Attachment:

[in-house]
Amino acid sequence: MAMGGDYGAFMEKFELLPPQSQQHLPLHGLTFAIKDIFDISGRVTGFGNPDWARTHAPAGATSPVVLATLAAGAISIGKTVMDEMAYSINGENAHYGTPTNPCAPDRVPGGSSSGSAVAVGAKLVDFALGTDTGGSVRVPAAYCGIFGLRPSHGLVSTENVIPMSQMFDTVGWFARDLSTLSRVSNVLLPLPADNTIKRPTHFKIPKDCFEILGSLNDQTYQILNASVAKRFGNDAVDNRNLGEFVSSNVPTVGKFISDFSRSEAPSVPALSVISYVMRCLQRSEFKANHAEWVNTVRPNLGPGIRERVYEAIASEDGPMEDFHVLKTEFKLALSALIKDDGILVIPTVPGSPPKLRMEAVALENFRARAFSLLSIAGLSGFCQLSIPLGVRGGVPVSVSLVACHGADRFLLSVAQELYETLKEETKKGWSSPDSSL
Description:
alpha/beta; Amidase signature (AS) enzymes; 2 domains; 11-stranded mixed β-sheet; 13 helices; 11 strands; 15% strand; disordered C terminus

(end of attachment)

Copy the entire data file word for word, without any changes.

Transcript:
[in-house]
Amino acid sequence: MAMGGDYGAFMEKFELLPPQSQQHLPLHGLTFAIKDIFDISGRVTGFGNPDWARTHAPAGATSPVVLATLAAGAISIGKTVMDEMAYSINGENAHYGTPTNPCAPDRVPGGSSSGSAVAVGAKLVDFALGTDTGGSVRVPAAYCGIFGLRPSHGLVSTENVIPMSQMFDTVGWFARDLSTLSRVSNVLLPLPADNTIKRPTHFKIPKDCFEILGSLNDQTYQILNASVAKRFGNDAVDNRNLGEFVSSNVPTVGKFISDFSRSEAPSVPALSVISYVMRCLQRSEFKANHAEWVNTVRPNLGPGIRERVYEAIASEDGPMEDFHVLKTEFKLALSALIKDDGILVIPTVPGSPPKLRMEAVALENFRARAFSLLSIAGLSGFCQLSIPLGVRGGVPVSVSLVACHGADRFLLSVAQELYETLKEETKKGWSSPDSSL
Description:
alpha/beta; Amidase signature (AS) enzymes; 2 domains; 11-stranded mixed β-sheet; 13 helices; 11 strands; 15% strand; disordered C terminus